Characteristic #6: Successful companies have discrete targets for integration activities, and relatively short-term financial objectives that are quantitative. In your company’s last acquisition, were specific performance targets published and widely known? While goals such as “become accreted within a year” are quantitative enough, they must be broken down into a set of initiatives and accompanying performance measures in order to be useful. The best companies understand not only what the top-level goals are in quantitative terms, but also what specific actions will be taken, by whom, and by when, to achieve that desired result. Hence the detailed project plans around a defined set of initiatives described in Characteristic # 2, above. Initiatives can relate to revenue growth, market share growth, or operating cost reduction. They can involve a wide variety of actions such as establishing strategic partnerships for marketing or distribution, efforts around cross-selling or re branding, facilities rationalization, new Research and Development initiatives, organizational restructuring, and information systems upgrades. Those companies who are most successful march through discrete initiatives toward quantitative goals. Achieving those discrete goals enables the newly merged company to hit specific financial objectives at designated times. The most successful Merger and Acquisition companies are those who most discretely define what success means.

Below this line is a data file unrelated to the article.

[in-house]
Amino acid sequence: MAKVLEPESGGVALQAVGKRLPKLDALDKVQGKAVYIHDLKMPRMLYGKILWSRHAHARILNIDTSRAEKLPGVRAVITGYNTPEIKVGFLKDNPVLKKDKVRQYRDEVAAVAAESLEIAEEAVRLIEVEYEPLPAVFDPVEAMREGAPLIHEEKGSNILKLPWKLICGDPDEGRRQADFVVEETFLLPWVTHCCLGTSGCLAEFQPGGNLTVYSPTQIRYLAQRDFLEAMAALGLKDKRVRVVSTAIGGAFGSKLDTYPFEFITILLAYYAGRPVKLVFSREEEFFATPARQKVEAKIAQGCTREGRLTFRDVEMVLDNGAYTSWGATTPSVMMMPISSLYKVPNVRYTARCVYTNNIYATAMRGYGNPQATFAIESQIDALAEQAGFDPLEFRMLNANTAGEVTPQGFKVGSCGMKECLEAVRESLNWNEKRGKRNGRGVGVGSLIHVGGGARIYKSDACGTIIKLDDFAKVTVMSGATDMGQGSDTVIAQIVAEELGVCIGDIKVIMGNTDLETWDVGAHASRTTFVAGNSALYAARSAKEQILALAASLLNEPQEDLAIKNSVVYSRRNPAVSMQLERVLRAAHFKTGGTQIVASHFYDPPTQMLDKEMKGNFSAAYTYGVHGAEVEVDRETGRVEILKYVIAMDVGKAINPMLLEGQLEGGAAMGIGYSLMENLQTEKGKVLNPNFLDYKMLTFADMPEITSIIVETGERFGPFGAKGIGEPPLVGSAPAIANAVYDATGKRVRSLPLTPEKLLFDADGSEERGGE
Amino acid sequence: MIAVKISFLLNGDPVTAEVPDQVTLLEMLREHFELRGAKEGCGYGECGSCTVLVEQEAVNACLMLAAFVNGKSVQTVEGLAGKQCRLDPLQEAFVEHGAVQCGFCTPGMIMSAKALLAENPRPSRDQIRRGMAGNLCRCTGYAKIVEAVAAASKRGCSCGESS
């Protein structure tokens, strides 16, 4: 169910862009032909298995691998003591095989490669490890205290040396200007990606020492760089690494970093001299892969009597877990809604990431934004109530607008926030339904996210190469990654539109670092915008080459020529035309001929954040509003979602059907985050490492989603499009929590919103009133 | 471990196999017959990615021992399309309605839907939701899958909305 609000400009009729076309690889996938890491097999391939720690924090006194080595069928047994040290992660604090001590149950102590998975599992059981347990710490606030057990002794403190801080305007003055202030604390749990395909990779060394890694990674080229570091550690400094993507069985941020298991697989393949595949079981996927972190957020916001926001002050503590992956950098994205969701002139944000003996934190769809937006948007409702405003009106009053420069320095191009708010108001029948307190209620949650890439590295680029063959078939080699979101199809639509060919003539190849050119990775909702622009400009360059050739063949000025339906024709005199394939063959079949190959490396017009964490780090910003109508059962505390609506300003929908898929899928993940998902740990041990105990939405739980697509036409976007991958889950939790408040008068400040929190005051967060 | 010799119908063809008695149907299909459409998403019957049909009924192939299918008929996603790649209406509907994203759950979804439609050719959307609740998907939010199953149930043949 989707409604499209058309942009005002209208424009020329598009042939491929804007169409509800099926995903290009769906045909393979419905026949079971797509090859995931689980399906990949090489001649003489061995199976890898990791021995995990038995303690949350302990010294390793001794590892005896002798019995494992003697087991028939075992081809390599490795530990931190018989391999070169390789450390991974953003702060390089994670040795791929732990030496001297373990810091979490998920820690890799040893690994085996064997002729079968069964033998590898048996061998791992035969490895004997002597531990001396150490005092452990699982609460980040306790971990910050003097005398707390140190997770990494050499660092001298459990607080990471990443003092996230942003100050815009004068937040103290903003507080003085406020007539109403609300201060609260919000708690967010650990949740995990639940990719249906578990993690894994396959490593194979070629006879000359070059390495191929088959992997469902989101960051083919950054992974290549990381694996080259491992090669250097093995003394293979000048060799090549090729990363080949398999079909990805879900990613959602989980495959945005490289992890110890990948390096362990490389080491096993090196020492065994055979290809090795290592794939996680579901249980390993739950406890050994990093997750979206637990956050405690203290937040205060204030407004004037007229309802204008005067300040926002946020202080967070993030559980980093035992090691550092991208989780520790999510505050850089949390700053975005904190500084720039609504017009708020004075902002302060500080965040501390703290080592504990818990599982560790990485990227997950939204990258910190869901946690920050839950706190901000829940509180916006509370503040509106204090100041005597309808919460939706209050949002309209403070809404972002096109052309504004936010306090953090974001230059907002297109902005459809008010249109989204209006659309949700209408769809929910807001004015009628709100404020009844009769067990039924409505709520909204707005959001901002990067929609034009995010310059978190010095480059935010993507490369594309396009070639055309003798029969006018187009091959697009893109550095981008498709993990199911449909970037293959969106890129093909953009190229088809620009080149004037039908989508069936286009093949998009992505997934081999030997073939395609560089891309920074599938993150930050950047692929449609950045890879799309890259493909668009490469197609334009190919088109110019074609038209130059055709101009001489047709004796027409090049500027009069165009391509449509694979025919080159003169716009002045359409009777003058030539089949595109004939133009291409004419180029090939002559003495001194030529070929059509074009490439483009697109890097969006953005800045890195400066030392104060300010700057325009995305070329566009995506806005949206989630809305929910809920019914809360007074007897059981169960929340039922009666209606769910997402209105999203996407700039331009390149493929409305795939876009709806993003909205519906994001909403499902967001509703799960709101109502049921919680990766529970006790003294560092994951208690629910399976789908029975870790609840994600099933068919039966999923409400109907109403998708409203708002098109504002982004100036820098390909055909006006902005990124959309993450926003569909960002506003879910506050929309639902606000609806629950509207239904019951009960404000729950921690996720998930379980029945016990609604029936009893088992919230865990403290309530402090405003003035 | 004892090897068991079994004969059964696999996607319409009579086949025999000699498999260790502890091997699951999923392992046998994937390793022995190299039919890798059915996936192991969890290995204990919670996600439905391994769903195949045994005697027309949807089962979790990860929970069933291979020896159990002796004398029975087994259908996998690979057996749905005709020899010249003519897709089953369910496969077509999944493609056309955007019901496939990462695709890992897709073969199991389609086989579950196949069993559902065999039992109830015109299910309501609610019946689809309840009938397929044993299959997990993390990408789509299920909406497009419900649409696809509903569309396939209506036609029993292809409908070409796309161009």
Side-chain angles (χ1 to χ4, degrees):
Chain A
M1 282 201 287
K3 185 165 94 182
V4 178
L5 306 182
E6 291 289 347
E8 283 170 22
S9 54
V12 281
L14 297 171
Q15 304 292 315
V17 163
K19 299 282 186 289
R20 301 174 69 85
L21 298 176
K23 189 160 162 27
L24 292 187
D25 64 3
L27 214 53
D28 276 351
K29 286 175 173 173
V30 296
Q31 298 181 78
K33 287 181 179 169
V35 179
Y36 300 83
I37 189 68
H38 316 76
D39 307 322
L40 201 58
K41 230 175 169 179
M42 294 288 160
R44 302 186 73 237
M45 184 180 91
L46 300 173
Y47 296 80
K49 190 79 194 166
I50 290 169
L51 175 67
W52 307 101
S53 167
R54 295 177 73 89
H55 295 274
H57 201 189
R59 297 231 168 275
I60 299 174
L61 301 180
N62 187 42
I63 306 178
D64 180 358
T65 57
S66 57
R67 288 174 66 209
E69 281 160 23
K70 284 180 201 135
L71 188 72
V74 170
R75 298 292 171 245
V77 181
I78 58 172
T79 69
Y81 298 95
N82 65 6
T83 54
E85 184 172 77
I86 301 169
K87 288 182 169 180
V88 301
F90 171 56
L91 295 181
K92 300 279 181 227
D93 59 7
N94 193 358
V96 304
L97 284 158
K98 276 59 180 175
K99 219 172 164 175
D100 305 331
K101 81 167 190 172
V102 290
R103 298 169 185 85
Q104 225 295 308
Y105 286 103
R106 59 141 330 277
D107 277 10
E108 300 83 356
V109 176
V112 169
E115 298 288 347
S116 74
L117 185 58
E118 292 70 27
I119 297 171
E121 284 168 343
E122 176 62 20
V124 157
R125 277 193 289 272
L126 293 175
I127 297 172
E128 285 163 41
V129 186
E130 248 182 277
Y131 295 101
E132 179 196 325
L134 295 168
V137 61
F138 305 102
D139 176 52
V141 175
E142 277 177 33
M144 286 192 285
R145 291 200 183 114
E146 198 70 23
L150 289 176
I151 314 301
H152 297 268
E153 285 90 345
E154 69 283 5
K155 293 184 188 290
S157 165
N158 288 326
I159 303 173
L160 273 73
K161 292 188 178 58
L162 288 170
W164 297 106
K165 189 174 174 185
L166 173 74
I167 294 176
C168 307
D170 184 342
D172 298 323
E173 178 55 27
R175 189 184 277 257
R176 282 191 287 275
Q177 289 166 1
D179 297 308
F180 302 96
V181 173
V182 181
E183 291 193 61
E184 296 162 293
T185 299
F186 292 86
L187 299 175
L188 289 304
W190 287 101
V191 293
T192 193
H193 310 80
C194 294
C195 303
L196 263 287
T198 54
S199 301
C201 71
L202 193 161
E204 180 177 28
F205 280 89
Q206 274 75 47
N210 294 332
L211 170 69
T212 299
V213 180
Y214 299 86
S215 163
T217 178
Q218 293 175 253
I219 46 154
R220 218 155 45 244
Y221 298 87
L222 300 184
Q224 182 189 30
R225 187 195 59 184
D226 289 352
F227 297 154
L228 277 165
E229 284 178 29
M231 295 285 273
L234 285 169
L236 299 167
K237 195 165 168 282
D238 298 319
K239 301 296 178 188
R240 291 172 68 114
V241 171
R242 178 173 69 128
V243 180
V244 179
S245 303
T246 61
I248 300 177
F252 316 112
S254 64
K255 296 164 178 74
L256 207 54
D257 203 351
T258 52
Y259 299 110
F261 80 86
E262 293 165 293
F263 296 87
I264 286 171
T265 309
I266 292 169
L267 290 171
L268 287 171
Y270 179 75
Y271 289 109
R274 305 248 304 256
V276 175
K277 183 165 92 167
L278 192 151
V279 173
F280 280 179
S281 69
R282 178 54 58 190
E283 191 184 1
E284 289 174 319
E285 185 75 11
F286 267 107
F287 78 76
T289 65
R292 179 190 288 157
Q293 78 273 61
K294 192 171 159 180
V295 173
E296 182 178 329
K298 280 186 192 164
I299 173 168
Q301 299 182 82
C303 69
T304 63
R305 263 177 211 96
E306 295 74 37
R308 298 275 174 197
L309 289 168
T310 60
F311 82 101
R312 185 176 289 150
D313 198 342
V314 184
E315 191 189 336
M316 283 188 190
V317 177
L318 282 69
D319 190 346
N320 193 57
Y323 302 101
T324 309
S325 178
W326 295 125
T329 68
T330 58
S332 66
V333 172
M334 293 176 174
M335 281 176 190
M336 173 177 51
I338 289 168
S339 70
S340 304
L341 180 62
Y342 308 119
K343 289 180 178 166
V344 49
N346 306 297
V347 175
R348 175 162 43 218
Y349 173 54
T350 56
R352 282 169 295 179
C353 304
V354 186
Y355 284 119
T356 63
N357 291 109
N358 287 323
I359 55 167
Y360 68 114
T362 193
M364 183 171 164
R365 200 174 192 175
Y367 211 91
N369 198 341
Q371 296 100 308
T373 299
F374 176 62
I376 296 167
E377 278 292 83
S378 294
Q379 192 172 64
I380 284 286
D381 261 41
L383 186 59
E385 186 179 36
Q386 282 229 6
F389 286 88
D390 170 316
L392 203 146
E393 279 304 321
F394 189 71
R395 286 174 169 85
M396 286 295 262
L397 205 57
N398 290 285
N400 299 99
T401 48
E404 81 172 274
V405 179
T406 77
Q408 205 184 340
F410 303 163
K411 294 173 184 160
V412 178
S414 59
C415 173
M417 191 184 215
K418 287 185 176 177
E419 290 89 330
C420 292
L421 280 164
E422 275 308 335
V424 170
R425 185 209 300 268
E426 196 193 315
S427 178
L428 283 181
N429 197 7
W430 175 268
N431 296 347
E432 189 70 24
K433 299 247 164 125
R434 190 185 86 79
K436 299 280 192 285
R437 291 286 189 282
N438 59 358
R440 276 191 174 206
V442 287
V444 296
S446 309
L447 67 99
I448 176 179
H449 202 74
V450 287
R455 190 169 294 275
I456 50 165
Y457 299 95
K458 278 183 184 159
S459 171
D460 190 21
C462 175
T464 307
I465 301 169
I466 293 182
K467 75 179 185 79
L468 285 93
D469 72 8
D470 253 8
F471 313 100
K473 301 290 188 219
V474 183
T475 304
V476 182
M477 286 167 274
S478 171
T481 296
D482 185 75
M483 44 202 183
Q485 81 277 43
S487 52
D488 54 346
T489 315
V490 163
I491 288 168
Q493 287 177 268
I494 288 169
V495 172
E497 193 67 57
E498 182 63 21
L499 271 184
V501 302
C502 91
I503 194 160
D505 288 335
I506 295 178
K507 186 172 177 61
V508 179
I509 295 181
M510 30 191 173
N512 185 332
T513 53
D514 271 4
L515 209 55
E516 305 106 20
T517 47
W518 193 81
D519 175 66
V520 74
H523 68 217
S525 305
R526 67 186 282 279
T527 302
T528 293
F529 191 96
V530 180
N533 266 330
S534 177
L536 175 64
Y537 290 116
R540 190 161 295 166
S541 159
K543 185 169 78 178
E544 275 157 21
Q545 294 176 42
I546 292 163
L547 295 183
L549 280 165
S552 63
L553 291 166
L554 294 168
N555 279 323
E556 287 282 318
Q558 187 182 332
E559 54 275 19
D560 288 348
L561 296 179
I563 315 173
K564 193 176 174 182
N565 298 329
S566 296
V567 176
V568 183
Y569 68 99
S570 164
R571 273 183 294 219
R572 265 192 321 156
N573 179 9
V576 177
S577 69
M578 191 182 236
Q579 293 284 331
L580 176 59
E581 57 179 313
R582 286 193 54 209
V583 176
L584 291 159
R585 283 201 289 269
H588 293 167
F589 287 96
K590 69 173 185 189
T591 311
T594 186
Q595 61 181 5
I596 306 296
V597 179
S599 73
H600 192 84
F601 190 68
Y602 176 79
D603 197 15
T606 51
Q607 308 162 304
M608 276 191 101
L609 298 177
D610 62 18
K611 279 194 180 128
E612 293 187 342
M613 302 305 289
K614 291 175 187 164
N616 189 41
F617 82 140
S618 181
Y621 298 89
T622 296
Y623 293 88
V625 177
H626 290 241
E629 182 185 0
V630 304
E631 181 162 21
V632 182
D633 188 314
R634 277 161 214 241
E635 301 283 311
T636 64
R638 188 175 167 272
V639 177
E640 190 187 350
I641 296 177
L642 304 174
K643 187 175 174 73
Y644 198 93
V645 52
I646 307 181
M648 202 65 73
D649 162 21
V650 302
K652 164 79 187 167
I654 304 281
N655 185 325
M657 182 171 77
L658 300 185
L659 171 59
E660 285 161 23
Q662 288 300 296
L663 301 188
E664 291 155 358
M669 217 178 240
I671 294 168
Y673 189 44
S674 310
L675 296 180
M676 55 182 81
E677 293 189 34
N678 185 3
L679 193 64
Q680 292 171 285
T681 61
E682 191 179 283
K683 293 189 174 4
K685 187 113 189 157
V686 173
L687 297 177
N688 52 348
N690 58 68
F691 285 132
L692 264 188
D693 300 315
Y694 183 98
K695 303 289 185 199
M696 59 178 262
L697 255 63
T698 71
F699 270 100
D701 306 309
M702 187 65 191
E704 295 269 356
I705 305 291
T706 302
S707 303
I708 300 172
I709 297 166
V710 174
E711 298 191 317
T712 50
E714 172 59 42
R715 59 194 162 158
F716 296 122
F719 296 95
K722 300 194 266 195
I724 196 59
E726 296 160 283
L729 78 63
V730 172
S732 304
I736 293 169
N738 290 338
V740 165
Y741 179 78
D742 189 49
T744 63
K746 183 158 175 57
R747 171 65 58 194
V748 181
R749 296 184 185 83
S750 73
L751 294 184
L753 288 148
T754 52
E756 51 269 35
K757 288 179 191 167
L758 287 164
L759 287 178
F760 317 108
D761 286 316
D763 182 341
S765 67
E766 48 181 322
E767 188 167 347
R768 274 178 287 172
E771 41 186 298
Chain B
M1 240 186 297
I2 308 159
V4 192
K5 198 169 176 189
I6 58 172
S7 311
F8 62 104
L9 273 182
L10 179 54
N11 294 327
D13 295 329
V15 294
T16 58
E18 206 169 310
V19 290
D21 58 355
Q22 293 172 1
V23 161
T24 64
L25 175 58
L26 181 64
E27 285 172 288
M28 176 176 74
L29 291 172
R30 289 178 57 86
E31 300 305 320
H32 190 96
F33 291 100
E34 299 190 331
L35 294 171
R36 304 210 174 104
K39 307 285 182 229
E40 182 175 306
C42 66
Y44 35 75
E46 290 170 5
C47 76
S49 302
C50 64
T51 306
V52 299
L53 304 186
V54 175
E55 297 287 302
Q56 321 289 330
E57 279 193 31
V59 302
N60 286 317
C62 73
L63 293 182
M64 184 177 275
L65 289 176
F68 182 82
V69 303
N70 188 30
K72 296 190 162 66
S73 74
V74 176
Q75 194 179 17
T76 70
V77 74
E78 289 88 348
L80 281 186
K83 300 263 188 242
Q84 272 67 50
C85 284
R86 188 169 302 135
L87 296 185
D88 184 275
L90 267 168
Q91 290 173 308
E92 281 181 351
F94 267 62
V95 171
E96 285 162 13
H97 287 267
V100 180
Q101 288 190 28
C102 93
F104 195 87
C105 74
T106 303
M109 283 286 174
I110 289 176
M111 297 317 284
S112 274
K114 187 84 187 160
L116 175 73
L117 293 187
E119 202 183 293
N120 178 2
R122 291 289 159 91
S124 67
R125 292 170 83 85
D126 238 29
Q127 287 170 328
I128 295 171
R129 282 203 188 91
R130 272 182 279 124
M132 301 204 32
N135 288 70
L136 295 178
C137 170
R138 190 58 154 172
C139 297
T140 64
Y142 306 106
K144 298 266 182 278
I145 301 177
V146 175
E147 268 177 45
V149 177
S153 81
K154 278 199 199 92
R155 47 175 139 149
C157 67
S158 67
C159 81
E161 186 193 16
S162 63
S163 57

Characteristic #7: Successful companies move assertively to get the newly acquired business entity onto common business processes and information systems early on. One of the C-level executives I interviewed (this one was a Financial Services executive) in preparation for my book said: “We have three top priorities in these transactions: gain market share, grow assets, and reduce operating costs in proportion to the assets we manage. Getting the acquired entities onto common processes and systems is strategically critical for us in achieving that third goal. But beyond just our financial performance, it impacts the morale of our employees, our ability to present a consistent face to our customers, and our efficiency in employee training. When a company like ours is systematic in their approach, they can bring new acquisitions onto common processes and systems in six to nine months.” Most of the leading companies in this area, including companies like GE and Cisco, exhibit this characteristic. Unity and consistency produce and exhibit strength to customers and shareholders. The strength of unity and consistency is never more important than the period immediately following a merger or acquisition.